The market took a breath of fresh air yesterday after triple witching last week. Triple witching is the simultaneous expiration of stock options, stock index futures, and stock index option contracts all on the same day. This happens four times a year; on the third Friday of March, June, September, and December.
Typically triple witching offers a positive return by the end of that week and a bearish return the following week. So, of course this year has to be different. Last week several markets moved outside of their expected moves, so maybe we’ll continue to see a bullish week after the triple witching event instead.
Have you been keeping up with Bitcoin? It dipped down to below $18k on June 18th, and has been on a steady rise since then and crossed back above $20k, showing that investors are willing to get into riskier assets once again.
You know that I like to present the relative performance charts of the sectors, so now let’s take a look at three different time frames and look at how the sectors have shifted.
Consumer Cyclical stocks are the worst performers over 3 months, but now sit atop the leaderboard of the 1-week performers. Energy was the best over the 3 months and now the worst over 1-week and near the worst in the past month. Follow the colored lines and you can see how some of the sectors have rotated over time.
Consumer Cyclical stocks include some of the mega caps like Amazon (AMZN), Alibaba (BABA), Home Depot (HD), and Tesla (TSLA).
The question is if this is another bear rally or the start of something else.
Here’s a chart of the Volatility Index (VIX) and the lower the number, the less volatility, which usually brings higher prices in the markets. If you notice, the highs are getting lower over time and the lows are getting higher, forming a wedge.
Now, let’s take a look at the S&P 500 chart. We fell below the long-term trend and if the VIX is going to head back down and re-test the trend line back down to $26, then I’d expect to see the SPX chart (below) come back up to rest the $3850 level.
The put/call ratio on the market, which measures the ratio of put contracts (bearish) to call contracts (bullish), is looking oversold at a ratio of 1.13. If you look at the chart over the last two years, anything over 1 is showing us an oversold market. Granted, oversold doesn’t mean the market will reverse. The p/c ratio was oversold for an extended period in April and May, but if you combine the three charts, it’s certainly looking like a case for a near-term relief rally.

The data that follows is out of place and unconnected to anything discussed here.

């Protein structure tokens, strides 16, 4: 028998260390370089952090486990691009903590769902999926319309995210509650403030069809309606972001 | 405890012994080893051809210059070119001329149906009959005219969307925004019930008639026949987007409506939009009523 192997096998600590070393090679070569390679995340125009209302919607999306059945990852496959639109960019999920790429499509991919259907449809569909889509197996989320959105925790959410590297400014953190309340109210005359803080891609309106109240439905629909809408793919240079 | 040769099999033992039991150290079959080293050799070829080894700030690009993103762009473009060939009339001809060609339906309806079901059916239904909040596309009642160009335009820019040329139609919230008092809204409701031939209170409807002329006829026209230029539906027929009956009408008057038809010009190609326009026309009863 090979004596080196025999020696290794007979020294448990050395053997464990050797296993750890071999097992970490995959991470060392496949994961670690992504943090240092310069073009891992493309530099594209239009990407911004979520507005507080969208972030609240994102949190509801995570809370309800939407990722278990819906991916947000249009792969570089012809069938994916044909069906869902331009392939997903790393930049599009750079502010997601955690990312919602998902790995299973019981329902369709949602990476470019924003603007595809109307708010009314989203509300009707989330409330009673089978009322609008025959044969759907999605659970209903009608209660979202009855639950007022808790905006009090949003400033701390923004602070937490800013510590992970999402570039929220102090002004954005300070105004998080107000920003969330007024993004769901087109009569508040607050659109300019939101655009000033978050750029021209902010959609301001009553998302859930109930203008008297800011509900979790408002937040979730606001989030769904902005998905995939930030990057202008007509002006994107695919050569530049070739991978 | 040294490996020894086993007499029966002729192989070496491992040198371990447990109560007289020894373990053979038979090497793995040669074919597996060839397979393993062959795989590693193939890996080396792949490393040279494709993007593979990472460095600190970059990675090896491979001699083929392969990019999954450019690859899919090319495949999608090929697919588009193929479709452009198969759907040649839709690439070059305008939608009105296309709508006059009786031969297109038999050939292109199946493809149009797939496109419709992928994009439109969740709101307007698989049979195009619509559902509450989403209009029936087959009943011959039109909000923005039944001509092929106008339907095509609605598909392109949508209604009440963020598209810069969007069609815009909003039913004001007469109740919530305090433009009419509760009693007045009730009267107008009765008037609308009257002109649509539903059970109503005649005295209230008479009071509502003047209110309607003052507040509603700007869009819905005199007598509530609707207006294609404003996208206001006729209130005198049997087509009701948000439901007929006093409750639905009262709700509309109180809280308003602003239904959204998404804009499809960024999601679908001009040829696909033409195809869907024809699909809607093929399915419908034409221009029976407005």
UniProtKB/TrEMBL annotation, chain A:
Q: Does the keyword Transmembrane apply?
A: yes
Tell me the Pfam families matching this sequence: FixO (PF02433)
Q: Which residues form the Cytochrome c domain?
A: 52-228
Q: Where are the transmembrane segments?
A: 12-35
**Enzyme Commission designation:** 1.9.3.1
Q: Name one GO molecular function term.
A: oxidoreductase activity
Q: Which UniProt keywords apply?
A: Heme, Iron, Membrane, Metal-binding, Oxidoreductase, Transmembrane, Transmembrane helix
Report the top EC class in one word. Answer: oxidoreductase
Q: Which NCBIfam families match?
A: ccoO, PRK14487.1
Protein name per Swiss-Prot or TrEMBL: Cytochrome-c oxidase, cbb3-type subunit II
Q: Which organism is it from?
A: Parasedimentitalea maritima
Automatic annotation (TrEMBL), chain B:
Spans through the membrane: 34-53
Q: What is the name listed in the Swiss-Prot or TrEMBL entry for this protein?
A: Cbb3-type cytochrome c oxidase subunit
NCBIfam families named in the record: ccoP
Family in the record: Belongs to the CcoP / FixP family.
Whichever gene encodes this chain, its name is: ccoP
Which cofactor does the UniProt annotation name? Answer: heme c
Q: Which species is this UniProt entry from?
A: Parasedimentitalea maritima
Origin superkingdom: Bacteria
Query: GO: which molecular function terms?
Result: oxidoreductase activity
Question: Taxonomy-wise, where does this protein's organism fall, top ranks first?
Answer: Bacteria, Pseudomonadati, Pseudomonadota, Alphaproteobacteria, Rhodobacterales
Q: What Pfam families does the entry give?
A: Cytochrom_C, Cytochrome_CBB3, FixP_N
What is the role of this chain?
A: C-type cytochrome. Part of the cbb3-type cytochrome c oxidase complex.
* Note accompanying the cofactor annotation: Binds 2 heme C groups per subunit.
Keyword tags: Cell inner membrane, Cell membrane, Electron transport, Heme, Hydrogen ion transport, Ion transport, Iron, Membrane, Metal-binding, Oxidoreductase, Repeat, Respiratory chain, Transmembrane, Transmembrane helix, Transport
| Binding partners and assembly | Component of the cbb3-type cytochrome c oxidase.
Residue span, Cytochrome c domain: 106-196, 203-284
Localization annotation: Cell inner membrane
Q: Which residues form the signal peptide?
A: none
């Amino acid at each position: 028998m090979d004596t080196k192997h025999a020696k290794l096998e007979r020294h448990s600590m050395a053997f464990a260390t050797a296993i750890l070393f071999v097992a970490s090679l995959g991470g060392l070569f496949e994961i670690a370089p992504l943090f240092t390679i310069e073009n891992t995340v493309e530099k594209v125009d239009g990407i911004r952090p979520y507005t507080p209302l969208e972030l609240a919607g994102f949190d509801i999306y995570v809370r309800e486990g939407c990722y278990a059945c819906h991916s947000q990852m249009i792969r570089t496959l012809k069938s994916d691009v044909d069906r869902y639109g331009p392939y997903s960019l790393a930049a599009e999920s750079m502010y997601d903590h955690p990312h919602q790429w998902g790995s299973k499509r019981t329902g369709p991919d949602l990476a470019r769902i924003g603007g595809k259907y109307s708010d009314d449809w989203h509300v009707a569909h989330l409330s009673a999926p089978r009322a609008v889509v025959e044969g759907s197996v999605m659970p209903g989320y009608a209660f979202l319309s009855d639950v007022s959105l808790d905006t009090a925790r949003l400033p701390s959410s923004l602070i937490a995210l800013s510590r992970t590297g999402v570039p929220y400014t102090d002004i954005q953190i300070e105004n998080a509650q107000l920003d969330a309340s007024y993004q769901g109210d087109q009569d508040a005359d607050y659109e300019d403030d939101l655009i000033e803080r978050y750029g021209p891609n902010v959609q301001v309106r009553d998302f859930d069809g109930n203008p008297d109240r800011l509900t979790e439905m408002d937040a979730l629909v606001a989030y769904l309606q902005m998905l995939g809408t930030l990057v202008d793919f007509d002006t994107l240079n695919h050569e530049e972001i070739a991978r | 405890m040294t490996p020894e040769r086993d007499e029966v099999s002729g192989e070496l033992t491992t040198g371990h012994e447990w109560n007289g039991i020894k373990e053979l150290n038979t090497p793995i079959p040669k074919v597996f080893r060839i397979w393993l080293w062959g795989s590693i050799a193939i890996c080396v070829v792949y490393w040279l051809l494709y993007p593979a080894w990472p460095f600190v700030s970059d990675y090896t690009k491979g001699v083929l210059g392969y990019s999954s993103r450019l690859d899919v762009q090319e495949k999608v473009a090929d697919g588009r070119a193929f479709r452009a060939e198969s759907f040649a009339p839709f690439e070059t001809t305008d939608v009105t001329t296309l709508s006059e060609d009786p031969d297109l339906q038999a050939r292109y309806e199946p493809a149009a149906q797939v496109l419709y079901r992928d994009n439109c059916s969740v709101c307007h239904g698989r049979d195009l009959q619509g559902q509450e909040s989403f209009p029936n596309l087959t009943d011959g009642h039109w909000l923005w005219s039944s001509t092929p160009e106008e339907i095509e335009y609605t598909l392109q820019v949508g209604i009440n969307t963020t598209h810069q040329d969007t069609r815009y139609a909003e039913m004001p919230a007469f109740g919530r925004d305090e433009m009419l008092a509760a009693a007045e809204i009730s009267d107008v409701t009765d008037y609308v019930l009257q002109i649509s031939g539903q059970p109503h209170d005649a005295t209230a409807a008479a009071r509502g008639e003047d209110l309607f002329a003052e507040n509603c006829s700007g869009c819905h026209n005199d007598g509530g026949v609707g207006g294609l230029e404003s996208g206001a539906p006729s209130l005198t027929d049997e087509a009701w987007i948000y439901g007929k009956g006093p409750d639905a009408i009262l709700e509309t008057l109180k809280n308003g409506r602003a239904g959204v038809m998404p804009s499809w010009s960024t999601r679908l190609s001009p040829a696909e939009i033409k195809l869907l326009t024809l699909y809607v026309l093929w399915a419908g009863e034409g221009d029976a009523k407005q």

The last chart I’ll show is the Russell 2000 (IWM). The Russell 2000 index consists of smaller cap stocks than the S&P 500. As a result, the index tends to gain ground faster than the SP500 and can lose ground faster as well. It can be a indicator of how much risk investors are willing to accept right now.
The Russell 2000 index is at the bottom of the channel, and just bounced off that resistance line. If we get a further bounce here, it will likely carry over into the larger SP500 index as well.
Tech stocks like Alphabet (GOOGL), Nvidia (NVDA), and Apple (APPL) all closed up more than 3%, but crude oil also had a rally of nearly 1%, which helped lift energy stocks and energy service providers.
I suppose it’s also worth mentioning that Tesla (TSLA), in the Consumer Cyclical sector, gained about 9% on the announcement that they are going to layoff 10% of their salaried workers.
If you are an options trader and want to take on a little risk, I’ll show you an options trading strategy with a potential 55% gain by July 22, 2022.
I mentioned that the Russell 2000 could rise to the upside, assuming that the broader market selling is going to take a breather this week.
Using a Bull Call Spread, which consists of buying and selling call options, we can trade the Russell 2000 by using ticker, IWM.
Buy to open Aug 19, 2022 $170 CALL
Sell to open Aug 19, 2022 $175 CALL
Debit (max risk) : $229.50 / spread
Max ROI: 55% ($270.50)
Exit(s): Look for resistance when the underlying symbol hits around $182, or when the spread gains 90% of max profit ($243).
If you have any questions, comments, or anything we can help with, reach us at any time.
Guest Writer, Filthy Rich, Dirt Poor
Editor, Wealthy Investor Society
Just how correlated are consumer expectations with the reality of the market? Can this be used to predict where market prices will go?
Then something happened in the market today and this one chart may be presenting a different side to the story. This chart pattern may be signaling the next leg down is right around the corner and now is the time to get ready.
Get Today’s Trade Idea
We’re going to stick with point-and-figure charts today. The energy sector has been red hot but has lost some ground over the last few days. Oil and Gas companies could be negatively affected by a slowing global economy.
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In an effort to combat out-of-control inflation, the Fed is increasing interest rates to slow down the growth of the economy. The trick is to do so without causing a recession.
Zoom has become so part of our vernacular, that people use it as a verb. Sort of like how people ask for a Kleenex, even though that’s just a name brand of facial tissue. So if everyone is still Zooming, at home, at work, and at school, why has the stock been falling?
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